While anti-Semitic acts and remarks regularly gain widespread media attention, the harassment endured by many pro-Palestinian activists, as well as reports on anti-Muslim sentiment, often flies under the radar.
Damian Ridgwell is a student activist from the University of NSW and has been involved in the Palestinian Action Group Sydney since 2012. He has been heavily involved in organising the Sydney rallies in support of Gaza, which have been running for successive weekends through the CBD and have regularly attracted more than 2,000 people.
Last week, the Palestinian Action Group of Sydney shared an example of the sorts of threats received by Mr Ridgwell due to his role as key organiser of the rallies.
Facebook user “Barker Johnson” shared a photo of Mr Ridgewell on Facebook with the headline “Guess whose throat will be cut? I’ll give you a hint, its not going to be ol Tone.”
The Palestinian Action Group Sydney Facebook page replied: “It's sadly an all too common experience that activists who stand up for the rights of the Palestinian people and oppose Israeli war crimes have outrageous slanders and threats made against them,”
“Here is an example of the death threats that Damian Ridgwell has been receiving on Facebook after he organised the first demonstration against Israel's massacre in Gaza.”
Mr Ridgwell told New Matilda it was not uncommon for pro-Palestinian activists to be targeted by harassment.
“There have been messages basically saying threats like ‘You should have your throat cut’. There’s been a whole bunch of others saying I’m supporting terrorism and saying I should be killed for supporting terrorism,” Mr Ridgwell told New Matilda.
“And in general, this is not an abnormal occurrence. This happens to pretty much anyone who organises demonstrations in support of Palestine. They generally receive harassment via social media or via telephone.”
Mr Ridgwell often receives harassing phone calls late at night, because his number is publically available on media releases promoting the rallies.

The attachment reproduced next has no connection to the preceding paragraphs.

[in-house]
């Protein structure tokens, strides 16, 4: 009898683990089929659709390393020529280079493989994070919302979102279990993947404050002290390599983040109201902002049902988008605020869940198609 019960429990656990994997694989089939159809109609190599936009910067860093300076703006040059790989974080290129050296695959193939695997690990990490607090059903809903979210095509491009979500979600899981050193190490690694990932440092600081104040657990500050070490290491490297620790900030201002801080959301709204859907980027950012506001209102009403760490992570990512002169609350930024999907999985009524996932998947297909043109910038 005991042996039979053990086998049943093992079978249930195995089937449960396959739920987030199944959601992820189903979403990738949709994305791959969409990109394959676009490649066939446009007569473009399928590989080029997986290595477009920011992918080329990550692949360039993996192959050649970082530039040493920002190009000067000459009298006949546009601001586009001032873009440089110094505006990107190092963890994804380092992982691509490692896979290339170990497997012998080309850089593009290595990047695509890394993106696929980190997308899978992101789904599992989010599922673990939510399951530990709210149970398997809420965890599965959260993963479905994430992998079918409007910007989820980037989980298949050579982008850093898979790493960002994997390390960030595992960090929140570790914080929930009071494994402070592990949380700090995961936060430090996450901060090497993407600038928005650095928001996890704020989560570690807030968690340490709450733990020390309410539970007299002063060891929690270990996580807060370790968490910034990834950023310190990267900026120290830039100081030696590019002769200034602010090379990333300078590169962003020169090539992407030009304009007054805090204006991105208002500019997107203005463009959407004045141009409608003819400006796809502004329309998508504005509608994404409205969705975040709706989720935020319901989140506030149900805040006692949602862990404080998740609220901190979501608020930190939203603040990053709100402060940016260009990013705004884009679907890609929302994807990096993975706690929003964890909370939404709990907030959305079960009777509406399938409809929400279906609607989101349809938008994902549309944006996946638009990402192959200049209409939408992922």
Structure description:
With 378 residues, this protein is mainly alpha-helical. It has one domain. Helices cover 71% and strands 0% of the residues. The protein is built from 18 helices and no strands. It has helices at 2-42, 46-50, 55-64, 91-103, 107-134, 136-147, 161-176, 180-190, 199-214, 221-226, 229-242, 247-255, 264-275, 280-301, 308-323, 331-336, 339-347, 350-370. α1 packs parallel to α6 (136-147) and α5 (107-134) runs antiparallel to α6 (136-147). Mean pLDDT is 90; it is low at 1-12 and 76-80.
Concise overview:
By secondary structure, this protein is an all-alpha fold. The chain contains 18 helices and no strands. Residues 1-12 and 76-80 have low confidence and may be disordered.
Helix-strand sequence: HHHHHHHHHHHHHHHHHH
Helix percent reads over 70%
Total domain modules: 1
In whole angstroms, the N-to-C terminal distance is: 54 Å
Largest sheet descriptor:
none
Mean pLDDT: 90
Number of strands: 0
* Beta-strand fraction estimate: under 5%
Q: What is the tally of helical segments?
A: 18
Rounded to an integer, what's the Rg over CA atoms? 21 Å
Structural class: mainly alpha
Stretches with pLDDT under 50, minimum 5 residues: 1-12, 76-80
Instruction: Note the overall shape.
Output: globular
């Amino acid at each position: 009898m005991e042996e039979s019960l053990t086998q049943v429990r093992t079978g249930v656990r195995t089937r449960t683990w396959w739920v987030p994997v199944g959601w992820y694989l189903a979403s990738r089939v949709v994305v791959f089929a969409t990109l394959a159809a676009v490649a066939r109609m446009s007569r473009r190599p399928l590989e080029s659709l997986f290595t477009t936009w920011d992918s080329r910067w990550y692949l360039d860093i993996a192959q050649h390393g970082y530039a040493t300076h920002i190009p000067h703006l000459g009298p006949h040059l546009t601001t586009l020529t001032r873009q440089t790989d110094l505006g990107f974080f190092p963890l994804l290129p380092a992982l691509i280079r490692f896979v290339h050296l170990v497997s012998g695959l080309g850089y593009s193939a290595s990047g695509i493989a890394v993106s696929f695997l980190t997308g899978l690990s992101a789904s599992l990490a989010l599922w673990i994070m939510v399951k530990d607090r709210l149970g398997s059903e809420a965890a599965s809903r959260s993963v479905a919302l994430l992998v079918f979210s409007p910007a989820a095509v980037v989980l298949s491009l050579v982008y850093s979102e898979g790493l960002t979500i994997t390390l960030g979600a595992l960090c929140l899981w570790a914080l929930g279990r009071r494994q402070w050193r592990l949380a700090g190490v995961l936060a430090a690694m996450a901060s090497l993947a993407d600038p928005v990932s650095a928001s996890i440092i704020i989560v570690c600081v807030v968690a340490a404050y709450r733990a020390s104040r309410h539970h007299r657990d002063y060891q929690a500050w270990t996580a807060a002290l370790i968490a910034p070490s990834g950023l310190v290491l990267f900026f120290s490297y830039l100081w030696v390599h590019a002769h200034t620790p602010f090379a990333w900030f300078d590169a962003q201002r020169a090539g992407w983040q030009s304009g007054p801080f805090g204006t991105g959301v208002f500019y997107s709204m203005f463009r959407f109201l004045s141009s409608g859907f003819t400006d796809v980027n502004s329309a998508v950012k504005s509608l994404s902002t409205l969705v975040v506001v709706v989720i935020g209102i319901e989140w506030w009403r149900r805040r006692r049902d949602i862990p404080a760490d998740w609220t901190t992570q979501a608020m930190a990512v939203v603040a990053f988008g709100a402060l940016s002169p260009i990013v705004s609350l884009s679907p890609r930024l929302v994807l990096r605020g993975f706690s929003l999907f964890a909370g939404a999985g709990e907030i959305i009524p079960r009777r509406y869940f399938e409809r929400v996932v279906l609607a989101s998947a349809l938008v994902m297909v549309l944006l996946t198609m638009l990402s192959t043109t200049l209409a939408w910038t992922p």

“We have seen internationally attacks on pro-Palestinian activists.
“In Australia, it’s a way to try and intimidate people rather than it being a serious threat to a person’s safety. But I mean, a lot of the people making these threats are generally a crossover between people who are part of Zionist political organisations, or the far right, and also people who are part of fascist organisations like the Australian Defence League.
Yesterday, New Matilda columnist Michael Brull reported on the “appalling and violent” outbursts of anti-Semitism in western countries, which has been condemned by some of Australia’s most prominent Palestinian commentators.
He quoted Palestinian author Randa Abdel-Fattah, who said as a “daughter of a dispossessed Palestinian because of the racism of Zionism means it is incumbent on me to oppose racism in and of itself, not because it will hurt my agenda”.
“One day the Palestinians might have their own state or, and I think this is more likely, there will be one state for both peoples. I will never allow the racism of my people’s occupier to change my moral core.
“If you think this is about a ‘Jewish pathology’ then shame on you for not understanding the cause. If you want to advocate for a free Palestine, then you have a moral duty to educate yourself on what this conflict is about.”
But while some prominent Palestinians may condemn anti-Semitic attacks and remarks, the anti-Muslim sentiment in Australia often goes ignored or is misreported.
ABC’s Media Watch programme on Monday compared the reaction of two cartoons published by Fairfax and The Australian.
The Fairfax cartoon, drawn by Glen Le Lievre to accompany a column by Mike Carlton in the Sydney Morning Herald, was rightly condemned for anti-Semitism after evoking a litany of complaints from readers.
But Media Watch said an “equally contentious” cartoon by The Australian’s Bill Leak, which implied Hamas fighters send Palestinian children into the frontlines to be killed, did not provoke the same uproar.
Vice-President of the Australian Palestine Advocacy Network told Media Watch: “For Palestinians, it’s bad enough that our children are killed in their homes, while sheltering in UN schools and playing on the beach, but can you imagine how it feels to be portrayed as sending them out in the hope that they’ll be killed?
“…This is not only racist and offensive but totally untrue.
“There is absolutely no evidence that Palestinians have ever done this and I’m at a loss to understand why a reputable Australian newspaper would demonise us in this way.”
Mr Ridgwell told New Matilda that there was a disproportionate response when dealing with anti-Muslim sentiment.
“Even if you aren’t talking about the attacks on Palestine, there is certainly a massive disproportionality in reports of anti-Semitism versus reports of anti-Muslim racism in Australia.”
That’s not to say either is right.
Writing in New Matilda, Mr Brull said “none of us should accept the moral blackmail that opposing Israel’s treatment of Palestinians is a form of anti-Semitism.”
“Such an argument is based on the premise that the rights of Jews in the West is somehow more important than the rights of Palestinians under occupation.
“There is no reason that one cannot support the rights of Jews and Palestinians equally, and this should be the position of everyone.”
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